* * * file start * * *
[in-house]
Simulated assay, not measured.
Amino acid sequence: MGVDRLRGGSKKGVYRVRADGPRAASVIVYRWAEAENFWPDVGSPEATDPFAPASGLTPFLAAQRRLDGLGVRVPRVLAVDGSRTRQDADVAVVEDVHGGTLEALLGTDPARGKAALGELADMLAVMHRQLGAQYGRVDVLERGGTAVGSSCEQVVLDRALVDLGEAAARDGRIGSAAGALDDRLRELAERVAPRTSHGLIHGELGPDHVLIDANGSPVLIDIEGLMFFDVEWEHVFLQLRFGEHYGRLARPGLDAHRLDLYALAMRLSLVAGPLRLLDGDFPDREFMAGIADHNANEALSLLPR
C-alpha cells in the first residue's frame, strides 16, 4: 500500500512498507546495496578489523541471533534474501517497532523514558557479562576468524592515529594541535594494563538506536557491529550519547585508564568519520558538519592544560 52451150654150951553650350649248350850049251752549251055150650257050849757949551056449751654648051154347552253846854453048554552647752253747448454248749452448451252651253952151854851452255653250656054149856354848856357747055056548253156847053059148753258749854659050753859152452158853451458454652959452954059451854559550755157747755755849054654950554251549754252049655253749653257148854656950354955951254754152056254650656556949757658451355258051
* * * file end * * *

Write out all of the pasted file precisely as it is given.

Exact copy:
[in-house]
Simulated assay, not measured.
Amino acid sequence: MGVDRLRGGSKKGVYRVRADGPRAASVIVYRWAEAENFWPDVGSPEATDPFAPASGLTPFLAAQRRLDGLGVRVPRVLAVDGSRTRQDADVAVVEDVHGGTLEALLGTDPARGKAALGELADMLAVMHRQLGAQYGRVDVLERGGTAVGSSCEQVVLDRALVDLGEAAARDGRIGSAAGALDDRLRELAERVAPRTSHGLIHGELGPDHVLIDANGSPVLIDIEGLMFFDVEWEHVFLQLRFGEHYGRLARPGLDAHRLDLYALAMRLSLVAGPLRLLDGDFPDREFMAGIADHNANEALSLLPR
C-alpha cells in the first residue's frame, strides 16, 4: 500500500512498507546495496578489523541471533534474501517497532523514558557479562576468524592515529594541535594494563538506536557491529550519547585508564568519520558538519592544560 52451150654150951553650350649248350850049251752549251055150650257050849757949551056449751654648051154347552253846854453048554552647752253747448454248749452448451252651253952151854851452255653250656054149856354848856357747055056548253156847053059148753258749854659050753859152452158853451458454652959452954059451854559550755157747755755849054654950554251549754252049655253749653257148854656950354955951254754152056254650656556949757658451355258051